MnplsGopher

Active member
We talk a lot about the cold winters up north for the BIG, but contrast that with the summer heat in SEC land, 99 degrees and 99% humidity. Playing football in that kind of heat has gotta be hard.

Fields can have heating coils to warm up the playing surface when it's cold outside. I saw a track meeting on TV last week happening in an outdoor stadium in Qatar where the temps we're something like 110 outside of the stadium, but 78 at track level -- they were blasting cold air into the stadium to cool it down, and again, this is an outdoor stadium.
Anything is possible if you're willing to spend unlimited money, like Qatar is. A tiny nation with nothing but sand ....... and oil. And they want to become some mecca for olympic athletes, for some reason, so yeah, they're willing to spend money that no one else is willing to spend.

Anyway, yes it is possible. NFL teams have that kind of money, and playing outside in Dec warrants it in a few locations.

Most universities don't want to spend that kind of money, and usually in Nov it isn't really needed.
 

Panthadad2

Active member
Daughter is in Texas. Until the last few days, it's been in the 90s or higher every day for months. For large football players in full pads and often playing on even hotter turf, I can't imagine how hard that can be. Playing in the north's 40-70 degree college football season weather (with the occasional drop lower like this weekend) would seem ideal compared to that.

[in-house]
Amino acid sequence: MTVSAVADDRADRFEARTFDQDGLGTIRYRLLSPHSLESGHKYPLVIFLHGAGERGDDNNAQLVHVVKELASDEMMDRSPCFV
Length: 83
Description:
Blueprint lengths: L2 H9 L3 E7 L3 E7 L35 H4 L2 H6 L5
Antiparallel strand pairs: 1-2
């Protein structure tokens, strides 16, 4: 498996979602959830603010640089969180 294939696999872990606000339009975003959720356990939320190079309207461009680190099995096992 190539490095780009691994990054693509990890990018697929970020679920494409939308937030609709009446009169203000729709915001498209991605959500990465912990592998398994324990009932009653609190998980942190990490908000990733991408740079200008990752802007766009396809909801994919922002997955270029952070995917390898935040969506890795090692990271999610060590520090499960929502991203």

HoustonTXGopher

Active member
It has been brutal in Houston this summer. We finally got some lows dipping into the 60's and highs should be stabilizing in the 80's instead of mid 90's every day. I have always thought that playing football in Minnesota for 2-3 cold games a year to get out of the southern heat would be far worth it.

August in the south with pads on seems terrible. I know Minnesotans think it gets hot in August in Minneapolis, but believe me, its refreshing compared to the added humidity we get down here in Houston. My point is playing a couple of cold football games is far better than the 50 practices you go through in the south in August and September. Sell that to the southern kids!